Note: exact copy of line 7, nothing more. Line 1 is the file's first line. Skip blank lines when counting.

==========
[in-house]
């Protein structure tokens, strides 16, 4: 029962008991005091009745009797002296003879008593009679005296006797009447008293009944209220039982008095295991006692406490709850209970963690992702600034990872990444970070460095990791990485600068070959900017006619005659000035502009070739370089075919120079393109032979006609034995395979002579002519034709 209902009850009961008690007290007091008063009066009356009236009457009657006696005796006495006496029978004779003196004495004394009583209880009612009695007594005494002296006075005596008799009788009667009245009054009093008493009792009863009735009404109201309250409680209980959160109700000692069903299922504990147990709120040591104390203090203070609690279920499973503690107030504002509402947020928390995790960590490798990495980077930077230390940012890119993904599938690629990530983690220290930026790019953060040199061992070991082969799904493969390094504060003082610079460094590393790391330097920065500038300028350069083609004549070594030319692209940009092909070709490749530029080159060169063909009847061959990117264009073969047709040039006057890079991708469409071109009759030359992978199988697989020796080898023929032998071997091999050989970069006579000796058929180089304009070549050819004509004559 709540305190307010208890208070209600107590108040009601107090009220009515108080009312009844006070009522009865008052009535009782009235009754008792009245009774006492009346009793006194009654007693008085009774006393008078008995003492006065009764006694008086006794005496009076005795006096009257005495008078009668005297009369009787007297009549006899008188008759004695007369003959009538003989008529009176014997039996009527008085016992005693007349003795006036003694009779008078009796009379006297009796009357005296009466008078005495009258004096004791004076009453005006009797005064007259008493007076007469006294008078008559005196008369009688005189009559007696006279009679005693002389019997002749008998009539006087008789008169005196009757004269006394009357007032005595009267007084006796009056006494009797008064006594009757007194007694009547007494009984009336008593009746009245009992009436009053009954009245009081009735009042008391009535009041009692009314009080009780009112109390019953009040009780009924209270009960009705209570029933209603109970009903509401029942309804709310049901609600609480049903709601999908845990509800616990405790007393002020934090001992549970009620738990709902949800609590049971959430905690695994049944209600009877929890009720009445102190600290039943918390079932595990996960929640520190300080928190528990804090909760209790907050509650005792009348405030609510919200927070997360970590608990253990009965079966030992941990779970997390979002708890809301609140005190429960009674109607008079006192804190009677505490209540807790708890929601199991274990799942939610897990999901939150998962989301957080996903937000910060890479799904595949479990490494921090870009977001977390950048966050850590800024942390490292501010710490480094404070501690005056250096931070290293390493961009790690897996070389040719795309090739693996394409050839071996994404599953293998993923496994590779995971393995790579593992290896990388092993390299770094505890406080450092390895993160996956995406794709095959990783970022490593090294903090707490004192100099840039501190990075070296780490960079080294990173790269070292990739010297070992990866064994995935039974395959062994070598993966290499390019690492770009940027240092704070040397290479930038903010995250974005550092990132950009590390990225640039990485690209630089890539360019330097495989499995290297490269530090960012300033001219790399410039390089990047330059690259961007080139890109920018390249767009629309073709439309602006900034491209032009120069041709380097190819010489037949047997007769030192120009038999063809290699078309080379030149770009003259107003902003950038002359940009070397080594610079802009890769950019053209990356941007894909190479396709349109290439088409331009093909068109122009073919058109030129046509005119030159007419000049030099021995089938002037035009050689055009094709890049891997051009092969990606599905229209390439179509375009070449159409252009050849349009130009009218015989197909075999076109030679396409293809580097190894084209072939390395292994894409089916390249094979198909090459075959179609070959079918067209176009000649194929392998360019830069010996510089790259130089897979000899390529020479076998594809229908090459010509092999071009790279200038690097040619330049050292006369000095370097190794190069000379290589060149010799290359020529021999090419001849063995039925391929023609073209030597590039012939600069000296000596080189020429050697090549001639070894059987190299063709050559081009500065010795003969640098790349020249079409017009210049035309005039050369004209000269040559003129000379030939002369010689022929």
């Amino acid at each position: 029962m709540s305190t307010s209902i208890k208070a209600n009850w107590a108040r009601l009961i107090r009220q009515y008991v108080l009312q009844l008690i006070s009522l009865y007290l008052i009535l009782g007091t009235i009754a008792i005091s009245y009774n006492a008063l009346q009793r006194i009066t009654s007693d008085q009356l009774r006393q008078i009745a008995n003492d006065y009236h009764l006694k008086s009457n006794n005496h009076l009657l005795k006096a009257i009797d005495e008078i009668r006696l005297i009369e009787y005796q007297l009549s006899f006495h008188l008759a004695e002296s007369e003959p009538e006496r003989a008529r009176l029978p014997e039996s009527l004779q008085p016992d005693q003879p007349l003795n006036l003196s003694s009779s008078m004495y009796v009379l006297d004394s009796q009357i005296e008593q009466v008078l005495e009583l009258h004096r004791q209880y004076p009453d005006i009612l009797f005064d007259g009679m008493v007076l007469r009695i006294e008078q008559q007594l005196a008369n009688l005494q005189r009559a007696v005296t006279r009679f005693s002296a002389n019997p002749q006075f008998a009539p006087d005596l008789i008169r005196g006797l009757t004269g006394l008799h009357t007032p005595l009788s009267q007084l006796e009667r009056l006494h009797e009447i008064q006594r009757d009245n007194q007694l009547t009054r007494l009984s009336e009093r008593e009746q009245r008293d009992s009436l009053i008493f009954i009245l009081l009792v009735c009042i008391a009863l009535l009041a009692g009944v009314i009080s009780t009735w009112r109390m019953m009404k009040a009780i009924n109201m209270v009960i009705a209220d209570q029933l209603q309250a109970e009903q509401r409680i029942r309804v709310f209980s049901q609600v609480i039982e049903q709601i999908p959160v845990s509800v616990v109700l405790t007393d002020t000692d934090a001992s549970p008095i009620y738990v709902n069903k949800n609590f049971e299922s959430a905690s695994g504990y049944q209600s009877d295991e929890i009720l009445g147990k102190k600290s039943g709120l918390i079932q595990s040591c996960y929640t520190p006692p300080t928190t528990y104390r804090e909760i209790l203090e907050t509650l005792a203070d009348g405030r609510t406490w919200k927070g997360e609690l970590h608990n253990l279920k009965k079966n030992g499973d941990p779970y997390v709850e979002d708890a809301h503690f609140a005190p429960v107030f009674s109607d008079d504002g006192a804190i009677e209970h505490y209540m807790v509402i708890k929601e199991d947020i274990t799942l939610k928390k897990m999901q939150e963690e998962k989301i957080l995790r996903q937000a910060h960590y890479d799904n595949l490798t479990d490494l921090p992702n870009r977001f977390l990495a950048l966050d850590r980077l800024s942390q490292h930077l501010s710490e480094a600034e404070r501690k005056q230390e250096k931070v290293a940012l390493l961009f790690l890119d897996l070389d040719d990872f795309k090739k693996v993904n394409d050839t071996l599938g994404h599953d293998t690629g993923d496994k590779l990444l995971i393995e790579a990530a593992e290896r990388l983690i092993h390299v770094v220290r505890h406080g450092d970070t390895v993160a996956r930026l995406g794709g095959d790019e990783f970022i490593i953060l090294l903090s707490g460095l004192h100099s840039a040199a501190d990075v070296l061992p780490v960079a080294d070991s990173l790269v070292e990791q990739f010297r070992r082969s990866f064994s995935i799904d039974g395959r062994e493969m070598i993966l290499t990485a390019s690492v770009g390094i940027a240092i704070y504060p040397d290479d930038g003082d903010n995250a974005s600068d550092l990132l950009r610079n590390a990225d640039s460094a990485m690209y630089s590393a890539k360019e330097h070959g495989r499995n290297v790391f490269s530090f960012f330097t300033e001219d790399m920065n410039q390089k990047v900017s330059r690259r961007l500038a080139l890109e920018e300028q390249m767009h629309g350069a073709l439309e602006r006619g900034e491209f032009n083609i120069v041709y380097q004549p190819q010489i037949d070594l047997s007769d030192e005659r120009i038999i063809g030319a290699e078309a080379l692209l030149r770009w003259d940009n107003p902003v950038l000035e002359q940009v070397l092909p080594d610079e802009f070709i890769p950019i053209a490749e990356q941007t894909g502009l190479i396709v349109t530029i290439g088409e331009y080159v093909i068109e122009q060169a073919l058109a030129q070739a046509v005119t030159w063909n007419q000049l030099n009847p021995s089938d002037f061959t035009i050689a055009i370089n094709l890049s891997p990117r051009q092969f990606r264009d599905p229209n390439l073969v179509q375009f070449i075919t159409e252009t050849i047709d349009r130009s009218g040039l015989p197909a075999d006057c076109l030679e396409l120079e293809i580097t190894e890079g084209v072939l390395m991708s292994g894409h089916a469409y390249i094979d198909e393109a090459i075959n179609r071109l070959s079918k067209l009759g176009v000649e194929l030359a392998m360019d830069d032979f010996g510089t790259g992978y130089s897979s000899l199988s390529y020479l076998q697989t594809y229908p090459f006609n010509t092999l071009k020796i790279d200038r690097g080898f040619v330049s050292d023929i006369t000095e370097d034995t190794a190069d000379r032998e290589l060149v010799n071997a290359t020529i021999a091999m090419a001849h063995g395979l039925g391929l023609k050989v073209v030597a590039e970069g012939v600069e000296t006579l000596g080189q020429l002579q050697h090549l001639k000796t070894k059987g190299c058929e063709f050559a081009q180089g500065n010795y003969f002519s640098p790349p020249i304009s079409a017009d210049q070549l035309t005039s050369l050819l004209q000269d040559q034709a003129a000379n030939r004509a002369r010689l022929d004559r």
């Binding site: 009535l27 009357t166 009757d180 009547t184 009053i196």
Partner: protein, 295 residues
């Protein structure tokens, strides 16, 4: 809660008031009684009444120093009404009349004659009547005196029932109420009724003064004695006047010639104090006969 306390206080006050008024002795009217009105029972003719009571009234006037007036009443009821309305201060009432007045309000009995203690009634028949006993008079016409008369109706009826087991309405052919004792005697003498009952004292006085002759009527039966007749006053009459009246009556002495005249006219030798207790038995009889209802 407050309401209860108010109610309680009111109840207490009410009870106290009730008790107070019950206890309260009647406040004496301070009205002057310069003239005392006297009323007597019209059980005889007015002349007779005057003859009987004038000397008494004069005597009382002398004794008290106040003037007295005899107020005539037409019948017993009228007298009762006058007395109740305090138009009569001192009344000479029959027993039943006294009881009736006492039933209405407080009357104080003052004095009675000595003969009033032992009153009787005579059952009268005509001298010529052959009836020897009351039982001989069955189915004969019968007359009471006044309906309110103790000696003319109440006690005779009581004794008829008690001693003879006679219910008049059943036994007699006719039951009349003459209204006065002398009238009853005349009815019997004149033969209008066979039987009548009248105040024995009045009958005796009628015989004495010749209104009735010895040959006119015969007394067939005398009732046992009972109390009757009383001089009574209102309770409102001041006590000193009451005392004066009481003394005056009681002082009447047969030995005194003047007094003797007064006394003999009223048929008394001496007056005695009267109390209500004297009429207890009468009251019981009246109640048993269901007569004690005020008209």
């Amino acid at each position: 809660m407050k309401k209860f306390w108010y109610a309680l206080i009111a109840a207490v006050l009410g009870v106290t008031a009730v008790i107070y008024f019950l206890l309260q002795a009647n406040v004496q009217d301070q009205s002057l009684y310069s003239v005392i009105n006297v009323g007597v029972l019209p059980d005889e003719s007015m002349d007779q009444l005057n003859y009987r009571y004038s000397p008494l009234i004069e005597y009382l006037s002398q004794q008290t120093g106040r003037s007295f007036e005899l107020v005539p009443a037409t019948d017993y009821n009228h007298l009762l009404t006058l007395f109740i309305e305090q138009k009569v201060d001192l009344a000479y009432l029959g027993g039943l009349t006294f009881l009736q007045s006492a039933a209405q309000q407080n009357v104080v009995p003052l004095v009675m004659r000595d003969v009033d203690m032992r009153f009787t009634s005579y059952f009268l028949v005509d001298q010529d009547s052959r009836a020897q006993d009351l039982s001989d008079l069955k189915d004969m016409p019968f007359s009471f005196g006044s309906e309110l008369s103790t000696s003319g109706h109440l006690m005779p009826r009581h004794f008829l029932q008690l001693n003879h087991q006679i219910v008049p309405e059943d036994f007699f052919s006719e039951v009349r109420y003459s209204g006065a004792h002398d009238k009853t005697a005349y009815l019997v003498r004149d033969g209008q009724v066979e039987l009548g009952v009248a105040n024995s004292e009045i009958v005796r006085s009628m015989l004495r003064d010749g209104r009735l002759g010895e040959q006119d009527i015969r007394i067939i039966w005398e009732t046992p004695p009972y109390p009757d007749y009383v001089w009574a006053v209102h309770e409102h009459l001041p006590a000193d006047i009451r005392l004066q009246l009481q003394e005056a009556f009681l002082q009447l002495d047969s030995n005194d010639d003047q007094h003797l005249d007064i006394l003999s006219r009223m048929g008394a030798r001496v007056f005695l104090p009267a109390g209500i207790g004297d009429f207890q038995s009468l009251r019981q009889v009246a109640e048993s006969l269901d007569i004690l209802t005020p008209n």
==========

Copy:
């Amino acid at each position: 809660m407050k309401k209860f306390w108010y109610a309680l206080i009111a109840a207490v006050l009410g009870v106290t008031a009730v008790i107070y008024f019950l206890l309260q002795a009647n406040v004496q009217d301070q009205s002057l009684y310069s003239v005392i009105n006297v009323g007597v029972l019209p059980d005889e003719s007015m002349d007779q009444l005057n003859y009987r009571y004038s000397p008494l009234i004069e005597y009382l006037s002398q004794q008290t120093g106040r003037s007295f007036e005899l107020v005539p009443a037409t019948d017993y009821n009228h007298l009762l009404t006058l007395f109740i309305e305090q138009k009569v201060d001192l009344a000479y009432l029959g027993g039943l009349t006294f009881l009736q007045s006492a039933a209405q309000q407080n009357v104080v009995p003052l004095v009675m004659r000595d003969v009033d203690m032992r009153f009787t009634s005579y059952f009268l028949v005509d001298q010529d009547s052959r009836a020897q006993d009351l039982s001989d008079l069955k189915d004969m016409p019968f007359s009471f005196g006044s309906e309110l008369s103790t000696s003319g109706h109440l006690m005779p009826r009581h004794f008829l029932q008690l001693n003879h087991q006679i219910v008049p309405e059943d036994f007699f052919s006719e039951v009349r109420y003459s209204g006065a004792h002398d009238k009853t005697a005349y009815l019997v003498r004149d033969g209008q009724v066979e039987l009548g009952v009248a105040n024995s004292e009045i009958v005796r006085s009628m015989l004495r003064d010749g209104r009735l002759g010895e040959q006119d009527i015969r007394i067939i039966w005398e009732t046992p004695p009972y109390p009757d007749y009383v001089w009574a006053v209102h309770e409102h009459l001041p006590a000193d006047i009451r005392l004066q009246l009481q003394e005056a009556f009681l002082q009447l002495d047969s030995n005194d010639d003047q007094h003797l005249d007064i006394l003999s006219r009223m048929g008394a030798r001496v007056f005695l104090p009267a109390g209500i207790g004297d009429f207890q038995s009468l009251r019981q009889v009246a109640e048993s006969l269901d007569i004690l209802t005020p008209n």